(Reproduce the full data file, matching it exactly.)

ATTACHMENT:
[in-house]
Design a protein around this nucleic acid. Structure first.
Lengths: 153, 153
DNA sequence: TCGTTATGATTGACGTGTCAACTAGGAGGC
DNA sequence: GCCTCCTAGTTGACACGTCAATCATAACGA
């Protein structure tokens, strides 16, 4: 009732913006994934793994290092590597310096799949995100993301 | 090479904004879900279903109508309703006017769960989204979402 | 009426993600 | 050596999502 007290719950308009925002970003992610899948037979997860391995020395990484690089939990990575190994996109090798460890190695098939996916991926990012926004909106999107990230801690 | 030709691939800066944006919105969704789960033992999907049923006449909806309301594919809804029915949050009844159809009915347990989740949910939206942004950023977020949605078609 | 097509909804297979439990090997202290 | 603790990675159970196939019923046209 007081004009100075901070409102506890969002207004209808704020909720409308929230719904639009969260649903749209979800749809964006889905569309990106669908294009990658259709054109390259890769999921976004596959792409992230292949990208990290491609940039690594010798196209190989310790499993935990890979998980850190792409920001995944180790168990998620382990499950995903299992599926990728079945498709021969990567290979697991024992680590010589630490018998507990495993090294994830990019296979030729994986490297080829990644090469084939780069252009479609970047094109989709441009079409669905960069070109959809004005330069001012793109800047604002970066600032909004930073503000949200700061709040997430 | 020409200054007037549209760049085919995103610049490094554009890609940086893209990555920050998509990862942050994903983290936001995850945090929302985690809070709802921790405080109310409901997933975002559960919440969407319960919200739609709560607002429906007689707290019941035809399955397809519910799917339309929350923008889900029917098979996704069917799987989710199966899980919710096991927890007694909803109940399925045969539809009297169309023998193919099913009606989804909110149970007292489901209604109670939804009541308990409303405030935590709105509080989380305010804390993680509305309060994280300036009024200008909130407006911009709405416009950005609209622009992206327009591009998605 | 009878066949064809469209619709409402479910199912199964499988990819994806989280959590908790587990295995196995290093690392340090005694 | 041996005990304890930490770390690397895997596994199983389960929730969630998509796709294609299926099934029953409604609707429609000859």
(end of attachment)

[in-house]
Design a protein around this nucleic acid. Structure first.
Lengths: 153, 153
DNA sequence: TCGTTATGATTGACGTGTCAACTAGGAGGC
DNA sequence: GCCTCCTAGTTGACACGTCAATCATAACGA
């Protein structure tokens, strides 16, 4: 009732913006994934793994290092590597310096799949995100993301 | 090479904004879900279903109508309703006017769960989204979402 | 009426993600 | 050596999502 007290719950308009925002970003992610899948037979997860391995020395990484690089939990990575190994996109090798460890190695098939996916991926990012926004909106999107990230801690 | 030709691939800066944006919105969704789960033992999907049923006449909806309301594919809804029915949050009844159809009915347990989740949910939206942004950023977020949605078609 | 097509909804297979439990090997202290 | 603790990675159970196939019923046209 007081004009100075901070409102506890969002207004209808704020909720409308929230719904639009969260649903749209979800749809964006889905569309990106669908294009990658259709054109390259890769999921976004596959792409992230292949990208990290491609940039690594010798196209190989310790499993935990890979998980850190792409920001995944180790168990998620382990499950995903299992599926990728079945498709021969990567290979697991024992680590010589630490018998507990495993090294994830990019296979030729994986490297080829990644090469084939780069252009479609970047094109989709441009079409669905960069070109959809004005330069001012793109800047604002970066600032909004930073503000949200700061709040997430 | 020409200054007037549209760049085919995103610049490094554009890609940086893209990555920050998509990862942050994903983290936001995850945090929302985690809070709802921790405080109310409901997933975002559960919440969407319960919200739609709560607002429906007689707290019941035809399955397809519910799917339309929350923008889900029917098979996704069917799987989710199966899980919710096991927890007694909803109940399925045969539809009297169309023998193919099913009606989804909110149970007292489901209604109670939804009541308990409303405030935590709105509080989380305010804390993680509305309060994280300036009024200008909130407006911009709405416009950005609209622009992206327009591009998605 | 009878066949064809469209619709409402479910199912199964499988990819994806989280959590908790587990295995196995290093690392340090005694 | 041996005990304890930490770390690397895997596994199983389960929730969630998509796709294609299926099934029953409604609707429609000859």